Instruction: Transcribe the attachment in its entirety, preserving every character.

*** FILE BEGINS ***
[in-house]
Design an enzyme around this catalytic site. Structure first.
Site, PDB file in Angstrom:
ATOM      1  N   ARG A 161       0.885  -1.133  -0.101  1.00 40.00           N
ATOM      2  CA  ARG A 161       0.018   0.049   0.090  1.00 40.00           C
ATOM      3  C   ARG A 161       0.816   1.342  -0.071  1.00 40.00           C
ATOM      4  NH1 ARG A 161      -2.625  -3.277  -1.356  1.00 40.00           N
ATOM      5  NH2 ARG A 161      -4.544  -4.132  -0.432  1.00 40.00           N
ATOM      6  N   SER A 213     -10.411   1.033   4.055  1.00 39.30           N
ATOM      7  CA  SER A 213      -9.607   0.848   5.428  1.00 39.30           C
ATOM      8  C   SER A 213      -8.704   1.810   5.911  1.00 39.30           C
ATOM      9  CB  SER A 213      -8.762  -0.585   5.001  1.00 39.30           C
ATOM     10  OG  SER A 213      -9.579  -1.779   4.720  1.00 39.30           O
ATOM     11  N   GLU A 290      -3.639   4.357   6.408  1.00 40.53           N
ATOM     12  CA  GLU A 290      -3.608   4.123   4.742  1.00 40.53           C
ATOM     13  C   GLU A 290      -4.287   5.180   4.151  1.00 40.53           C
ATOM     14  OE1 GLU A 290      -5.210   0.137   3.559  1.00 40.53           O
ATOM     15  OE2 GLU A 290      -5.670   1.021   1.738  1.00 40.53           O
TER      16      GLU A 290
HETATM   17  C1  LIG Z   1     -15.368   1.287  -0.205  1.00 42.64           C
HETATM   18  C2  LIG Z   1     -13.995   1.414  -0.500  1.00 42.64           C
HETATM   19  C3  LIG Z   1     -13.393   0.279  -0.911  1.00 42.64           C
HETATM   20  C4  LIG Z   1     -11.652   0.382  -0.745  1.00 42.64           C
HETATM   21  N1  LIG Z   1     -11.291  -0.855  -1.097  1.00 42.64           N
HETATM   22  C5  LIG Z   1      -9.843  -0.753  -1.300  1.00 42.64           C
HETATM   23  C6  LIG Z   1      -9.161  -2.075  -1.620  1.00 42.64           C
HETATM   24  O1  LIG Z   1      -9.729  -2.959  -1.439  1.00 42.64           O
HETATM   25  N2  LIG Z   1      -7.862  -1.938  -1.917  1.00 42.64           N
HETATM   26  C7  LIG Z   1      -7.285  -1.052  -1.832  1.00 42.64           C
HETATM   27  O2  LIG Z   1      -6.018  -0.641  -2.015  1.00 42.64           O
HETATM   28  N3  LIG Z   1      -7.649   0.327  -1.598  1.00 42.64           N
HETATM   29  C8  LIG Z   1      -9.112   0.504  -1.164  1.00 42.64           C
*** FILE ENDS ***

[in-house]
Design an enzyme around this catalytic site. Structure first.
Site, PDB file in Angstrom:
ATOM      1  N   ARG A 161       0.885  -1.133  -0.101  1.00 40.00           N
ATOM      2  CA  ARG A 161       0.018   0.049   0.090  1.00 40.00           C
ATOM      3  C   ARG A 161       0.816   1.342  -0.071  1.00 40.00           C
ATOM      4  NH1 ARG A 161      -2.625  -3.277  -1.356  1.00 40.00           N
ATOM      5  NH2 ARG A 161      -4.544  -4.132  -0.432  1.00 40.00           N
ATOM      6  N   SER A 213     -10.411   1.033   4.055  1.00 39.30           N
ATOM      7  CA  SER A 213      -9.607   0.848   5.428  1.00 39.30           C
ATOM      8  C   SER A 213      -8.704   1.810   5.911  1.00 39.30           C
ATOM      9  CB  SER A 213      -8.762  -0.585   5.001  1.00 39.30           C
ATOM     10  OG  SER A 213      -9.579  -1.779   4.720  1.00 39.30           O
ATOM     11  N   GLU A 290      -3.639   4.357   6.408  1.00 40.53           N
ATOM     12  CA  GLU A 290      -3.608   4.123   4.742  1.00 40.53           C
ATOM     13  C   GLU A 290      -4.287   5.180   4.151  1.00 40.53           C
ATOM     14  OE1 GLU A 290      -5.210   0.137   3.559  1.00 40.53           O
ATOM     15  OE2 GLU A 290      -5.670   1.021   1.738  1.00 40.53           O
TER      16      GLU A 290
HETATM   17  C1  LIG Z   1     -15.368   1.287  -0.205  1.00 42.64           C
HETATM   18  C2  LIG Z   1     -13.995   1.414  -0.500  1.00 42.64           C
HETATM   19  C3  LIG Z   1     -13.393   0.279  -0.911  1.00 42.64           C
HETATM   20  C4  LIG Z   1     -11.652   0.382  -0.745  1.00 42.64           C
HETATM   21  N1  LIG Z   1     -11.291  -0.855  -1.097  1.00 42.64           N
HETATM   22  C5  LIG Z   1      -9.843  -0.753  -1.300  1.00 42.64           C
HETATM   23  C6  LIG Z   1      -9.161  -2.075  -1.620  1.00 42.64           C
HETATM   24  O1  LIG Z   1      -9.729  -2.959  -1.439  1.00 42.64           O
HETATM   25  N2  LIG Z   1      -7.862  -1.938  -1.917  1.00 42.64           N
HETATM   26  C7  LIG Z   1      -7.285  -1.052  -1.832  1.00 42.64           C
HETATM   27  O2  LIG Z   1      -6.018  -0.641  -2.015  1.00 42.64           O
HETATM   28  N3  LIG Z   1      -7.649   0.327  -1.598  1.00 42.64           N
HETATM   29  C8  LIG Z   1      -9.112   0.504  -1.164  1.00 42.64           C